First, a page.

Objective: Young women living in industrialised westernised societies have a higher prevalence of anorexia nervosa, partly due to a cultural emphasis on thinness as a beauty ideal. Sociocultural milieux might promote recovery from anorexia nervosa amongst young women. The current article is a commentary about the social influences on recovery from anorexia nervosa – based on social anthropology, narratives of people with lived experience, and clinical studies. Conclusion: Anorexia nervosa increases social withdrawal, and recovery leads to re-engagement with meaningful relationships. Recovery also empowers women as ‘cultural critics’ who challenge assumptions about the thinness beauty ideal and gender roles. The gradual process of full or partial recovery often occurs during emerging adulthood (aged 20–29). In this life stage, adolescent friendship groups are dissolving as women move from education to work, reducing the danger of weight-based teasing by peers, which is an environmental risk factor for disordered eating. Women recovering from anorexia nervosa may connect with those aspirations of peers and mentors that eschew a focus on weight and shape, but relate to the life-stage tasks of starting careers, beginning new friendships, selecting life partners and family formation – that is, a broader role in larger relationship networks.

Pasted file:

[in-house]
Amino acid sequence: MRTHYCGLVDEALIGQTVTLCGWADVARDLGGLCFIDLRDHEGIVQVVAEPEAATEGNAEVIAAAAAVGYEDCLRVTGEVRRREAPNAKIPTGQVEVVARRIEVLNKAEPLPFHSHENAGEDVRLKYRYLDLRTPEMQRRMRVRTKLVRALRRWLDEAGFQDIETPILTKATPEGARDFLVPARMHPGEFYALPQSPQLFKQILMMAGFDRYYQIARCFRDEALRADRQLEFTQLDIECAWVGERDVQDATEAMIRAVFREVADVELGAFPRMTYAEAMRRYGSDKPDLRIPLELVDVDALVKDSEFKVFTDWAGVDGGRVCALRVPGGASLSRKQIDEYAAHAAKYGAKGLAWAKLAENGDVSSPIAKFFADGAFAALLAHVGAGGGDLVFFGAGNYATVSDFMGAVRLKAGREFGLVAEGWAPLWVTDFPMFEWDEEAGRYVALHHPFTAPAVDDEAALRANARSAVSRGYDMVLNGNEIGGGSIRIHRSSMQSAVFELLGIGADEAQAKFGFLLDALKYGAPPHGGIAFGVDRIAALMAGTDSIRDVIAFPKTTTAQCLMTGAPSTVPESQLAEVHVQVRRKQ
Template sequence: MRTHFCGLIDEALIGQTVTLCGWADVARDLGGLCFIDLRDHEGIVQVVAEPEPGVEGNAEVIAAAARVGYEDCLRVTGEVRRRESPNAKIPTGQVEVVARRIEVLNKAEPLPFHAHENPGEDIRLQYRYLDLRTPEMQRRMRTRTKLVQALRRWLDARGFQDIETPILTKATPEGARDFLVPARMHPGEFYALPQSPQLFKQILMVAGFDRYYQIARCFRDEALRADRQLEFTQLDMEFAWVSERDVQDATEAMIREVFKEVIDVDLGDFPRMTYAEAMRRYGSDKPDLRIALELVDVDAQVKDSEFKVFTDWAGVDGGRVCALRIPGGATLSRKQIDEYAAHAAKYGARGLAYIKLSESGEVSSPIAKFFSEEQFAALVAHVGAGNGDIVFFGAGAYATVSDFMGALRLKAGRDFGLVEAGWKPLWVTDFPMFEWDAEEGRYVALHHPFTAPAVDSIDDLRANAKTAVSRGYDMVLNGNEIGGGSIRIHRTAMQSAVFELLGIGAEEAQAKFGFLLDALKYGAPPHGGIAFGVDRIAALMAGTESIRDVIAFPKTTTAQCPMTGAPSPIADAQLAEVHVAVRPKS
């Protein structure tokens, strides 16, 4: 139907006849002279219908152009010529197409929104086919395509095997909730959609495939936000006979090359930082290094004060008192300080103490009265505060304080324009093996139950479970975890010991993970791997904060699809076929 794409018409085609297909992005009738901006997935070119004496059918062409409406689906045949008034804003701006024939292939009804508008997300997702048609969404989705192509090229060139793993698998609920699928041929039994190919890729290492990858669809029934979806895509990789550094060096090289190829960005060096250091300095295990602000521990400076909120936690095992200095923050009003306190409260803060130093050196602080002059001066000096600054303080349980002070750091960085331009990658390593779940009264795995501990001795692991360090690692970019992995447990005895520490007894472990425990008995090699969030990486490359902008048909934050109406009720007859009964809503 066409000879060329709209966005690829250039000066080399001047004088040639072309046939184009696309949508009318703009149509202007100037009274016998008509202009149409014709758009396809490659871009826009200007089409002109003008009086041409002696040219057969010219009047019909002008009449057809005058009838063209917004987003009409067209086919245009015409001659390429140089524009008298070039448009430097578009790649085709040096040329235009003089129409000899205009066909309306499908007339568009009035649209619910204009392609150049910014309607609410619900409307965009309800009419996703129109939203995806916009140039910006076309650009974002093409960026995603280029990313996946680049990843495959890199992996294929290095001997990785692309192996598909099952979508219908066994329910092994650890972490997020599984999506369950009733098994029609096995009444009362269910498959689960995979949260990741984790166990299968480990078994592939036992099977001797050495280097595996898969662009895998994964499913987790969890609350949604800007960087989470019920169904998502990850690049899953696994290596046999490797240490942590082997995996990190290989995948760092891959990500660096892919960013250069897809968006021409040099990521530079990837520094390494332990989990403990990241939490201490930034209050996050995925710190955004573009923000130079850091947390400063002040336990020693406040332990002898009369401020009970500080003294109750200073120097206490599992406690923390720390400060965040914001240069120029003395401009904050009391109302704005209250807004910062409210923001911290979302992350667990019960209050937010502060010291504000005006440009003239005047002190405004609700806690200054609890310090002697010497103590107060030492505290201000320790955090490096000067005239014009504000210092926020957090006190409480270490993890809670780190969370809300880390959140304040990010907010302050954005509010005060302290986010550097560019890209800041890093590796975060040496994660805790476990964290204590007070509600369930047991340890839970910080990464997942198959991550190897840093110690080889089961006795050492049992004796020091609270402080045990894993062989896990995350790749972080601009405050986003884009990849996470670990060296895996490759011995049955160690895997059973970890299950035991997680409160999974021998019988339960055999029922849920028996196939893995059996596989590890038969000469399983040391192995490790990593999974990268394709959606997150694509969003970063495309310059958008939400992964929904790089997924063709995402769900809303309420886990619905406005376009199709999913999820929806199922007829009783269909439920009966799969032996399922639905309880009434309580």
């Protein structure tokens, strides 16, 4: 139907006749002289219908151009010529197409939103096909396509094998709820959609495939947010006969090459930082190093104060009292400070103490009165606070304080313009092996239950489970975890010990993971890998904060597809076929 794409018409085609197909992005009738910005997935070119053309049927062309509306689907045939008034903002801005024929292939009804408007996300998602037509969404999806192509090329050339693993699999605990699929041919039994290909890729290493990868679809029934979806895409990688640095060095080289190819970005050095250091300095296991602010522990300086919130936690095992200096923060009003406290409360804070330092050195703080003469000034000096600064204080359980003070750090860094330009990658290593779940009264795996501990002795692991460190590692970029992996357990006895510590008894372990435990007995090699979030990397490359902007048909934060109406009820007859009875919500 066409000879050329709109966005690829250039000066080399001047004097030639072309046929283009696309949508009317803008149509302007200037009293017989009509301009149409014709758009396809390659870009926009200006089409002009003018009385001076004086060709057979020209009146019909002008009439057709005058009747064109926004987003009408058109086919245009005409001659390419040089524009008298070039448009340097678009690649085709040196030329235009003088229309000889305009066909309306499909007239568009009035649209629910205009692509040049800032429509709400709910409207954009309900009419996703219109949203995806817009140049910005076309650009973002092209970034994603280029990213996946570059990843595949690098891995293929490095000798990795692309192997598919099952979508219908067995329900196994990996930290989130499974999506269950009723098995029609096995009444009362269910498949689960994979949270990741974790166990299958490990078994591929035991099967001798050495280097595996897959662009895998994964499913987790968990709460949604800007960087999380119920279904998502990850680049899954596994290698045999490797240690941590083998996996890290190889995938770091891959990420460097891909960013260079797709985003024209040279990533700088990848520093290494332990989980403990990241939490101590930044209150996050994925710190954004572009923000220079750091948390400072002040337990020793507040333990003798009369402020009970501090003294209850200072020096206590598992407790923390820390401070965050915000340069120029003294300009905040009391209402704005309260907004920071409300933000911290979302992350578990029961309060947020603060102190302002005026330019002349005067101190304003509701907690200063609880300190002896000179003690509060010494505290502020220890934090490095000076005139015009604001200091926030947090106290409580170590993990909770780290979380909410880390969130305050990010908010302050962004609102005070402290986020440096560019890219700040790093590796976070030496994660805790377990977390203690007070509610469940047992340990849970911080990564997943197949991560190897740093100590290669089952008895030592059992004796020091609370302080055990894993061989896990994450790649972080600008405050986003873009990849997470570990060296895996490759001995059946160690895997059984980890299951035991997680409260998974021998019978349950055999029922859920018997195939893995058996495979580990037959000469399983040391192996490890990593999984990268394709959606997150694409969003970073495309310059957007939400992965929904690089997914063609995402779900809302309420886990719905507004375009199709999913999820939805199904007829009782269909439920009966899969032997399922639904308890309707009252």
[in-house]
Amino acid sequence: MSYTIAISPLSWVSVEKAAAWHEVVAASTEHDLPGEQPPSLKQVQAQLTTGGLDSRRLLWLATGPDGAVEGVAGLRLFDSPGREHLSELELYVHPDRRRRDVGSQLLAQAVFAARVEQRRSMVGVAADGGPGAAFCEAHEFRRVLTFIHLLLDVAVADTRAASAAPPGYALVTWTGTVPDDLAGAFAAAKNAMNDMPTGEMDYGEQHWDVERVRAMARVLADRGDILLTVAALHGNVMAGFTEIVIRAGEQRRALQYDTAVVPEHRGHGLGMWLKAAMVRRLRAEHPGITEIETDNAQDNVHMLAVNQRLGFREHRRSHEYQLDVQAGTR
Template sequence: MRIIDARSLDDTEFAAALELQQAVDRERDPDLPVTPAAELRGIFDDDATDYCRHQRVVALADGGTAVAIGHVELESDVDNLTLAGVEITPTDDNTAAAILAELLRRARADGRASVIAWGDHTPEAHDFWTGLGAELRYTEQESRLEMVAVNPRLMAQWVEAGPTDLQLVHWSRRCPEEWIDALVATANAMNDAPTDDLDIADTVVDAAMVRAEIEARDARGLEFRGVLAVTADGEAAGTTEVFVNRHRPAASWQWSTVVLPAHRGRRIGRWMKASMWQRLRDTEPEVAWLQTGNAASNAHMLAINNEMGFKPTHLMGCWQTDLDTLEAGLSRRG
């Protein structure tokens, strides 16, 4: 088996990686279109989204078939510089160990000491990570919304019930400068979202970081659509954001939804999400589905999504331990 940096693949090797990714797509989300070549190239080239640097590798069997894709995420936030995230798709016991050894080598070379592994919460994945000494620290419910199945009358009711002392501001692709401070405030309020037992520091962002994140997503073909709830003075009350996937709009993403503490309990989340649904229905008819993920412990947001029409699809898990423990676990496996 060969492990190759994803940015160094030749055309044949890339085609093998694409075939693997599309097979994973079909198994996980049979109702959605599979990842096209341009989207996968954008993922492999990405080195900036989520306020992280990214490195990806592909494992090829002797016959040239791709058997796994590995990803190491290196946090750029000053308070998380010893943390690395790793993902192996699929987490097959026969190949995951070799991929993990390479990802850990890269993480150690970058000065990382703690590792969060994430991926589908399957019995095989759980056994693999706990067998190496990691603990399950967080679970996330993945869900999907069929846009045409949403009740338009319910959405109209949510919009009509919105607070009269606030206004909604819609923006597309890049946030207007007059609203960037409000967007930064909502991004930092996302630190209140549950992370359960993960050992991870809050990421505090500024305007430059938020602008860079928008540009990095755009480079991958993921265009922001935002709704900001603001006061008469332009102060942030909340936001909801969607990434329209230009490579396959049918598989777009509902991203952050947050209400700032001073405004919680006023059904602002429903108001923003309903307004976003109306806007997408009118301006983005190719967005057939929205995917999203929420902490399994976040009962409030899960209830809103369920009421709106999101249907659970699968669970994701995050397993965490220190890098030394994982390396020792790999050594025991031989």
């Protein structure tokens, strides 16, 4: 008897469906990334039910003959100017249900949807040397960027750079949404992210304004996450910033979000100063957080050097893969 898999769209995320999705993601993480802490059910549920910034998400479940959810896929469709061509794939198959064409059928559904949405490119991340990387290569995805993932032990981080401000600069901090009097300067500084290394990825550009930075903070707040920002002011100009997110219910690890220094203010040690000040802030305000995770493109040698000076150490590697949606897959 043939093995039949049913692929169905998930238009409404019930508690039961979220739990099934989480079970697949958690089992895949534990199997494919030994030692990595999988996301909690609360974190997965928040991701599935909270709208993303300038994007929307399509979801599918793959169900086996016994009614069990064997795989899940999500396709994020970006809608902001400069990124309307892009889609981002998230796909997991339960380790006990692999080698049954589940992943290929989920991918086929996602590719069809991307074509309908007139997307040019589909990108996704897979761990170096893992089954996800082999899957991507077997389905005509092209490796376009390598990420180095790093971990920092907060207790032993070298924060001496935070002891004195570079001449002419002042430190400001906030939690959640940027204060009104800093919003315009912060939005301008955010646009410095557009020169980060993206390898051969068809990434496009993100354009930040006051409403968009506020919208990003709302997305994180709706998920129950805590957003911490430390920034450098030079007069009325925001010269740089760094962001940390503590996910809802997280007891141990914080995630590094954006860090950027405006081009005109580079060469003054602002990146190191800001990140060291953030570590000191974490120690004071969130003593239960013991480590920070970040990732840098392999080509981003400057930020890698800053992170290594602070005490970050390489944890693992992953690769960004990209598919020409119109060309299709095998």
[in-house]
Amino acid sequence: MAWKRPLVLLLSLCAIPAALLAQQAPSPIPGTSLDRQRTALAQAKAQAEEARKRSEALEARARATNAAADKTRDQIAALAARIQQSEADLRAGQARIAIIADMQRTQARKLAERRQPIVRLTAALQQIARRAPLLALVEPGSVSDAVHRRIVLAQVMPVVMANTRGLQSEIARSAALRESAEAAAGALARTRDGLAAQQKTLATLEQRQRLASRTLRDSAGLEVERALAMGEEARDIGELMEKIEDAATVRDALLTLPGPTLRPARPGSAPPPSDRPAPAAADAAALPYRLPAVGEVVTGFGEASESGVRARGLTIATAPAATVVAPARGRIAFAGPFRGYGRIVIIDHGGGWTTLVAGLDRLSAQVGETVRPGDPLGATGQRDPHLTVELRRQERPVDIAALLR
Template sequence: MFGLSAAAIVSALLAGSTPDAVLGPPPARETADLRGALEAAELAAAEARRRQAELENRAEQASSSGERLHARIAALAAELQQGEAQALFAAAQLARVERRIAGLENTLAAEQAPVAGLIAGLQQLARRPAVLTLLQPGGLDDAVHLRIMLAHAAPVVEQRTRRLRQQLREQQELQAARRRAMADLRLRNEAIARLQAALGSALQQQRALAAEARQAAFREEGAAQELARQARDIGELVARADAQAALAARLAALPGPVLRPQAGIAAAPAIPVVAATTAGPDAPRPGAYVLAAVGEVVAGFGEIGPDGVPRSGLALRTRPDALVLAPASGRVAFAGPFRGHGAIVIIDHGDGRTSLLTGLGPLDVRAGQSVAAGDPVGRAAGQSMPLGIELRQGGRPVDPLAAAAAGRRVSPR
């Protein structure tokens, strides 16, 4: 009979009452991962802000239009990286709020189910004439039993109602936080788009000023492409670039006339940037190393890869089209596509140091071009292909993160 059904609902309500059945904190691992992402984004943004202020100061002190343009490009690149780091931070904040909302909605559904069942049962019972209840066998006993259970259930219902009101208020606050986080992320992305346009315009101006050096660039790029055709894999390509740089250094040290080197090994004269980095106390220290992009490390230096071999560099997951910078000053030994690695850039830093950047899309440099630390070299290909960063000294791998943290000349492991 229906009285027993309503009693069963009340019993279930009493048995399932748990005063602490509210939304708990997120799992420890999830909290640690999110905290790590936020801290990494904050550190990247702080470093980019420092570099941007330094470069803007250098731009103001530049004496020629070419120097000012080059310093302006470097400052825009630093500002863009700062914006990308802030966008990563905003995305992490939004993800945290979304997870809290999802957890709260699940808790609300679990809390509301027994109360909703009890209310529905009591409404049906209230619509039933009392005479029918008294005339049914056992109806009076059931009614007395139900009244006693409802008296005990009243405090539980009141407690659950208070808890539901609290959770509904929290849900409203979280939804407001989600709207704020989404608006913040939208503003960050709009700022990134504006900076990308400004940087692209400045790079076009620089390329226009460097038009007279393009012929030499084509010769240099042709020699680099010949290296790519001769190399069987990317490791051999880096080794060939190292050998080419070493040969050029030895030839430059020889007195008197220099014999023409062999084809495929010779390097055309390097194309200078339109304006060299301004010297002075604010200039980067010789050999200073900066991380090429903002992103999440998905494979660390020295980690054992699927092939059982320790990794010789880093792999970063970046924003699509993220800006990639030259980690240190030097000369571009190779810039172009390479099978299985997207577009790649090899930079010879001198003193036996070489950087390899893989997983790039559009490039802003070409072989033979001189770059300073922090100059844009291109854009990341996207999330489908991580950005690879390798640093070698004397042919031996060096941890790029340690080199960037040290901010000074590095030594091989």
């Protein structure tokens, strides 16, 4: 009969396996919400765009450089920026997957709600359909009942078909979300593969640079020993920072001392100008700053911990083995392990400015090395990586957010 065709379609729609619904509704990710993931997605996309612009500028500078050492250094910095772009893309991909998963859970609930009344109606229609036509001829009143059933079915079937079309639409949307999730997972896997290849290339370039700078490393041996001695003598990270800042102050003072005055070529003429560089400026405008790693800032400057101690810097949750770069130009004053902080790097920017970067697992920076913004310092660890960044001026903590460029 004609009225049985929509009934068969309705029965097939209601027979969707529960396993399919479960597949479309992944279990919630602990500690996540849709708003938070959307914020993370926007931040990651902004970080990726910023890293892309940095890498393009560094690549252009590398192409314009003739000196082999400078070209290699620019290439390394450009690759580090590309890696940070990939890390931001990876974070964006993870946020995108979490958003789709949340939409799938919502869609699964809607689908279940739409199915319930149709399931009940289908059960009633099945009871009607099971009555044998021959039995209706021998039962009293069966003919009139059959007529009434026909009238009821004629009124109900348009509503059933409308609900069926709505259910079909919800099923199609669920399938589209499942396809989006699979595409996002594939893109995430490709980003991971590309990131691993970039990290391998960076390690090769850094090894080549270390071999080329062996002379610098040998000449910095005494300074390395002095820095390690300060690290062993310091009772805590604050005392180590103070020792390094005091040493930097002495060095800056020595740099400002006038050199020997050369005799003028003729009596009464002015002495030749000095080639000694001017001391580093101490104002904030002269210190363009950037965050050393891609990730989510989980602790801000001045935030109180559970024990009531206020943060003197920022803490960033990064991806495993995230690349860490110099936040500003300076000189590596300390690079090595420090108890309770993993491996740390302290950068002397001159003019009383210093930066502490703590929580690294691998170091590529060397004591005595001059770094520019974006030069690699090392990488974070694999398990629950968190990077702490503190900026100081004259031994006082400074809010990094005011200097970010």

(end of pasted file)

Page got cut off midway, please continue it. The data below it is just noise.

- Eating disorders
- sociocultural factors